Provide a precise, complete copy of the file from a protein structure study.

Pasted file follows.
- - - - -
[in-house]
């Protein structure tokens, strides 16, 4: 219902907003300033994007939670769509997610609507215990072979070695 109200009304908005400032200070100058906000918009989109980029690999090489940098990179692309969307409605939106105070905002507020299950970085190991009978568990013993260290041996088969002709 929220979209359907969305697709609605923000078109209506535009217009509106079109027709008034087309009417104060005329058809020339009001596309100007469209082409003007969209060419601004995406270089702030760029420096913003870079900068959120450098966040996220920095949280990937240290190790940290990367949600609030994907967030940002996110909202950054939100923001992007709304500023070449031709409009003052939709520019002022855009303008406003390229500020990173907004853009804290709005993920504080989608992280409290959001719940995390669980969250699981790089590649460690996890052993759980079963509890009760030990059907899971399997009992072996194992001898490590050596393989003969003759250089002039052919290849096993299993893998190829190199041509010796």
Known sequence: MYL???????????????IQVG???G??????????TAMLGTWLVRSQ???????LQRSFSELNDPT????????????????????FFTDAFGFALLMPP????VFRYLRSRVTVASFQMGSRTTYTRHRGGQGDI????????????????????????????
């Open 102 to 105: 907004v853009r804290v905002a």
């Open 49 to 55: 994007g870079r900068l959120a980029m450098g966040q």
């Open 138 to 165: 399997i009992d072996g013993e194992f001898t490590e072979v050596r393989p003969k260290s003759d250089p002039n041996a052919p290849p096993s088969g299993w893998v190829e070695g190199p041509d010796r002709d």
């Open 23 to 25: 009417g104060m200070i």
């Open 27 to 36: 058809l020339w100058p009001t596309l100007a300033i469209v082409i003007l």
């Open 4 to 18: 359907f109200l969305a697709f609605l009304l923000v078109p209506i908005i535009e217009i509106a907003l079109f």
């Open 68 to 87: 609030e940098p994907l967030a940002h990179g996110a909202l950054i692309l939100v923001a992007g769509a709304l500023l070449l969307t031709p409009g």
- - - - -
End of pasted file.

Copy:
[in-house]
């Protein structure tokens, strides 16, 4: 219902907003300033994007939670769509997610609507215990072979070695 109200009304908005400032200070100058906000918009989109980029690999090489940098990179692309969307409605939106105070905002507020299950970085190991009978568990013993260290041996088969002709 929220979209359907969305697709609605923000078109209506535009217009509106079109027709008034087309009417104060005329058809020339009001596309100007469209082409003007969209060419601004995406270089702030760029420096913003870079900068959120450098966040996220920095949280990937240290190790940290990367949600609030994907967030940002996110909202950054939100923001992007709304500023070449031709409009003052939709520019002022855009303008406003390229500020990173907004853009804290709005993920504080989608992280409290959001719940995390669980969250699981790089590649460690996890052993759980079963509890009760030990059907899971399997009992072996194992001898490590050596393989003969003759250089002039052919290849096993299993893998190829190199041509010796």
Known sequence: MYL???????????????IQVG???G??????????TAMLGTWLVRSQ???????LQRSFSELNDPT????????????????????FFTDAFGFALLMPP????VFRYLRSRVTVASFQMGSRTTYTRHRGGQGDI????????????????????????????
């Open 102 to 105: 907004v853009r804290v905002a």
């Open 49 to 55: 994007g870079r900068l959120a980029m450098g966040q």
């Open 138 to 165: 399997i009992d072996g013993e194992f001898t490590e072979v050596r393989p003969k260290s003759d250089p002039n041996a052919p290849p096993s088969g299993w893998v190829e070695g190199p041509d010796r002709d």
């Open 23 to 25: 009417g104060m200070i």
């Open 27 to 36: 058809l020339w100058p009001t596309l100007a300033i469209v082409i003007l």
């Open 4 to 18: 359907f109200l969305a697709f609605l009304l923000v078109p209506i908005i535009e217009i509106a907003l079109f």
């Open 68 to 87: 609030e940098p994907l967030a940002h990179g996110a909202l950054i692309l939100v923001a992007g769509a709304l500023l070449l969307t031709p409009g």